We grow in the spiritual life to the extent that we descend into the depths of listening. Listening means not only confessing that another is present, but making space in ourselves for this presence to the point that we become the dwelling place of the Other. The experience of the indwelling of the divine presence (the ‘visits of the Word’ that St Bernard acknowledged he had received several times following his biblical lectio) cannot be dissociated from our ability to ‘offer hospitality’ to others by listening to them. This tells us that someone who listens, and who defines his or her identity on the basis of the paradigm of listening, is someone who loves – love also comes from what is heard, amor ex auditu. Our listening to God, with all of the dimensions this listening implies – silence, attention, interiorization, the spiritual effort of retaining what we have heard, the effort of decentring our attention from ourselves in order to re-centre it on Another – leads us to welcome within ourselves a presence that is closer to us than our own ‘I’; or, better, our listening leads to this presence being revealed to us. We find ourselves reliving the experience of the patriarch Jacob, who exclaimed, ‘Surely, the Lord is in this place – and I did not know it! (Genesis 28.16). The place where God is found is no other than the human being. In the Bible, God is not simply ‘the One who is’; he is also, and more significantly, ‘the One who speaks’. By speaking, God seeks a relationship with each person and awakens our freedom, because if the Word is a gift, it can always be welcomed or refused. This is why reading is also an important spiritual discipline in the Christian life: when we read, we meet the One who speaks through the biblical page.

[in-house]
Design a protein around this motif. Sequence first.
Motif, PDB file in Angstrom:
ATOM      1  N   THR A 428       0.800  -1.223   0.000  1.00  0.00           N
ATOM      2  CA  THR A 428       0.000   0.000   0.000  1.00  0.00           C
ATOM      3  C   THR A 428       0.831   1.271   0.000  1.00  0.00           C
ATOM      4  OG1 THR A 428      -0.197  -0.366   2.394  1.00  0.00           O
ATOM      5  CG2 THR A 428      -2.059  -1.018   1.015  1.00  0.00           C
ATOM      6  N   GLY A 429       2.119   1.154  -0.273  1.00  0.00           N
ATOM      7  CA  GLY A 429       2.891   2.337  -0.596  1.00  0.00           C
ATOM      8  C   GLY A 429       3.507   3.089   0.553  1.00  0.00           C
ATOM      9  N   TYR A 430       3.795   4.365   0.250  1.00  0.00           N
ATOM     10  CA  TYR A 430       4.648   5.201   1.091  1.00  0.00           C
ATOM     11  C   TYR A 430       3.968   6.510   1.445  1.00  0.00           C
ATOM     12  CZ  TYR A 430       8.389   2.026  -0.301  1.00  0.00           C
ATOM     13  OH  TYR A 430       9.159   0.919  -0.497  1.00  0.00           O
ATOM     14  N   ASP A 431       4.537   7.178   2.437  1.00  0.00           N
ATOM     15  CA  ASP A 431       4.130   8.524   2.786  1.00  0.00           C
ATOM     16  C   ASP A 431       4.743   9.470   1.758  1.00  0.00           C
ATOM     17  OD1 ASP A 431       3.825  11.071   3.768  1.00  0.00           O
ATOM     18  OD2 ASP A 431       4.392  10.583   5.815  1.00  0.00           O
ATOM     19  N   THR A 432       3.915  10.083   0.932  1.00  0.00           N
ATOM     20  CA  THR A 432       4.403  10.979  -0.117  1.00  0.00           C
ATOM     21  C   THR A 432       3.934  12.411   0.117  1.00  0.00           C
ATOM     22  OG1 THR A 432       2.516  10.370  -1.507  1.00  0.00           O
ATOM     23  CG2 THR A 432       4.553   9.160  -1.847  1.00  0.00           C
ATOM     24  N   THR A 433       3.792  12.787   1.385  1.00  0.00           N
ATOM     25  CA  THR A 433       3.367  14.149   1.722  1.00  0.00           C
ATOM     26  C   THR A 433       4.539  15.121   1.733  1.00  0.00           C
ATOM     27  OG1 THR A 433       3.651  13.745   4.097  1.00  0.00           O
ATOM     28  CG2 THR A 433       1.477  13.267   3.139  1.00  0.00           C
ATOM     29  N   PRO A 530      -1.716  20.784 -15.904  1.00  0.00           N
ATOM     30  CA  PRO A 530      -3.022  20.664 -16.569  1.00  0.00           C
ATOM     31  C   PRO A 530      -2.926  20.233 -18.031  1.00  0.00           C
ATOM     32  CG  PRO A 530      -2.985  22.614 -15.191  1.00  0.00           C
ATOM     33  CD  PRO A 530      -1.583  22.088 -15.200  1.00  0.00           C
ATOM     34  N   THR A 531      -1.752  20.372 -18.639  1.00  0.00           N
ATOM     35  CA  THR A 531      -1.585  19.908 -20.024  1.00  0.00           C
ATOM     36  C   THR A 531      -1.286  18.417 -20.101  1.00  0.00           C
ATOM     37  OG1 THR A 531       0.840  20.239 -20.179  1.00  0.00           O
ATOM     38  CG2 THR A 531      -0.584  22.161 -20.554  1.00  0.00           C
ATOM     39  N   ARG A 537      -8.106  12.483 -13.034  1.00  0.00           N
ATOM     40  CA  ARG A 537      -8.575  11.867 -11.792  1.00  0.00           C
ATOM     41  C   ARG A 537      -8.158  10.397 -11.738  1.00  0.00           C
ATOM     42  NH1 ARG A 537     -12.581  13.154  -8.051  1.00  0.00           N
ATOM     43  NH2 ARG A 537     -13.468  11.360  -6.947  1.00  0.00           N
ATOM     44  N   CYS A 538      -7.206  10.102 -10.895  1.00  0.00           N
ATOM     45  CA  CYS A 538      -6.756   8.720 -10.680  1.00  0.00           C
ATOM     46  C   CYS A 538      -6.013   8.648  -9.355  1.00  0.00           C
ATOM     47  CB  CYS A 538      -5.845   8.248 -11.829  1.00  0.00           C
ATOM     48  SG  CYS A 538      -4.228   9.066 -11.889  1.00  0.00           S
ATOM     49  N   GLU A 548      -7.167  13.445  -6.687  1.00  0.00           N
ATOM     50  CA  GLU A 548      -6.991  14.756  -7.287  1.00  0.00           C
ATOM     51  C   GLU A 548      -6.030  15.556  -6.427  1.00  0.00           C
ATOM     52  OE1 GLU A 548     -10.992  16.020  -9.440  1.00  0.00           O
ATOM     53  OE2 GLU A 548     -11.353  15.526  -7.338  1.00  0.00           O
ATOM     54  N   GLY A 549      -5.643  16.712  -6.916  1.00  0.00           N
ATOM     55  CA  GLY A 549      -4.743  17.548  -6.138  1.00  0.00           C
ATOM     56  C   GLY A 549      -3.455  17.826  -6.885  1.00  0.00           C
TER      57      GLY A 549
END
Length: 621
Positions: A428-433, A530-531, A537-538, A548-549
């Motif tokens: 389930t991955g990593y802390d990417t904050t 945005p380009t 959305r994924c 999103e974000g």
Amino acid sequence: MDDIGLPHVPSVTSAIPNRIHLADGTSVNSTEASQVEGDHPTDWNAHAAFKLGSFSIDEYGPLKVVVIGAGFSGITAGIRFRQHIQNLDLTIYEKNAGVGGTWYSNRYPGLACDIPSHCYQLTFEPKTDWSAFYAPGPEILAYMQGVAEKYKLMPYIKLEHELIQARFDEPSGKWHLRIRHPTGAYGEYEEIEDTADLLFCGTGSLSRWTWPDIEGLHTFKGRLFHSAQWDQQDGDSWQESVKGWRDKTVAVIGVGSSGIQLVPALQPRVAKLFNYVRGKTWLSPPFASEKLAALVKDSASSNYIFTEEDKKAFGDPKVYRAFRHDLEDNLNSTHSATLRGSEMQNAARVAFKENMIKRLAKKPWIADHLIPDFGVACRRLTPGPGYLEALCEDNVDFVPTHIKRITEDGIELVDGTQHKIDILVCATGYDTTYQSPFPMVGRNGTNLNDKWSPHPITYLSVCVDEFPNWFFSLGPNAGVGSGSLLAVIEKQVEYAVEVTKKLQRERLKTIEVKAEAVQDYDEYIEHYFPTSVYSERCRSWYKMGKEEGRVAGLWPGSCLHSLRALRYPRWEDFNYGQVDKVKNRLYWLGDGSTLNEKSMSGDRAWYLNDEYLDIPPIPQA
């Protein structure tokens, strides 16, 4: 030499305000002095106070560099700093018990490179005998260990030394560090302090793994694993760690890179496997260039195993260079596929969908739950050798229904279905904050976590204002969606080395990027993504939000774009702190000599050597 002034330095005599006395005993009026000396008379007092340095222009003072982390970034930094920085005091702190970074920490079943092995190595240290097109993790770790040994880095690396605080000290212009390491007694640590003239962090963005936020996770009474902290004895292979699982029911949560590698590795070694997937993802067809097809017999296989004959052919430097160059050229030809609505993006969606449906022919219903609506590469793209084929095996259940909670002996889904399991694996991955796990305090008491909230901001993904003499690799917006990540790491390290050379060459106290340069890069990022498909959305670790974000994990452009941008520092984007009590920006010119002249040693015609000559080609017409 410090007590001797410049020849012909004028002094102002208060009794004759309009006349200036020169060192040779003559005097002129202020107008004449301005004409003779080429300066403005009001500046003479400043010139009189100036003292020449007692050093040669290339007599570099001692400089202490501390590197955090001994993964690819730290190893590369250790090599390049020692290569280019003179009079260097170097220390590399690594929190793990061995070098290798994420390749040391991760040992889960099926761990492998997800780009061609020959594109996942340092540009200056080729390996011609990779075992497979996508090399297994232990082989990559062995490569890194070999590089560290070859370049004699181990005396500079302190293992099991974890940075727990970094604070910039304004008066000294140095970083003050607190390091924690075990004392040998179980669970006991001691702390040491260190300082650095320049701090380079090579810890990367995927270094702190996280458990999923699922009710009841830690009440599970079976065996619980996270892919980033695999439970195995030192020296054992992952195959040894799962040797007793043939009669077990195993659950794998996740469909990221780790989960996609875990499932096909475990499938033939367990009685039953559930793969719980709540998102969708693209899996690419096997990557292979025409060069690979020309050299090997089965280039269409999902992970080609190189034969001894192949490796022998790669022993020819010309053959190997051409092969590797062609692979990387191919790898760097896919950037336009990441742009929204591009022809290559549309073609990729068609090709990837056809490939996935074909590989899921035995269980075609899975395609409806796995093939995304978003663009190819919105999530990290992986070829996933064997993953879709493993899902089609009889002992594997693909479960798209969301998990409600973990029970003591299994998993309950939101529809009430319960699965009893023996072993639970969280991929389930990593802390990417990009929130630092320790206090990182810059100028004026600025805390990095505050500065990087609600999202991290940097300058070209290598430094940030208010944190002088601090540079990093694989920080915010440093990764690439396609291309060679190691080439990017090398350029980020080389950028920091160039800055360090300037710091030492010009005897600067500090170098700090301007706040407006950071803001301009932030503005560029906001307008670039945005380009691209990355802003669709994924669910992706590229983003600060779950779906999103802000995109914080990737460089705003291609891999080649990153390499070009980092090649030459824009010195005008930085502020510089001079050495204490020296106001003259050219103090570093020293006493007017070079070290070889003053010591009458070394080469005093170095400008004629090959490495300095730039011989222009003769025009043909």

One of the terms used to designate the Bible in the Jewish tradition, Miqra’, indicates a ‘call’ to go out ‘from’ and to travel ‘towards’. From the perspective of faith, every act of reading the Bible is the beginning of an exodus in which we leave ourselves in order to meet Another – and this exodus takes place as we listen! Significantly, the biblical account of the exodus tells us that the great obstacle the people of Israel faced during their journey from Egypt toward freedom was their own ‘hardness of heart’: they were a ‘stiff-necked’ people who persisted in listening not to God but to themselves. But it is also true that in the biblical experience of God and in the believer’s own experience, there is the discovery that God is ‘the One who listens to prayer’. Our own listening leads us to recognize God’s listening as a dimension that precedes us and in which we are immersed. Paul says, ‘In him we live and move and have our being’ (Acts 17.28). Listening is the contemplative, anti-idolatrous attitude par excellence. It is by listening that we seek to live consciously in the presence of God, the Other who is the origin of the irreducible mystery of all otherness. For Christians, listening is the source of life.

Enzo Bianchi, Words of Spirituality. (SPCK, 2002) 37-38.

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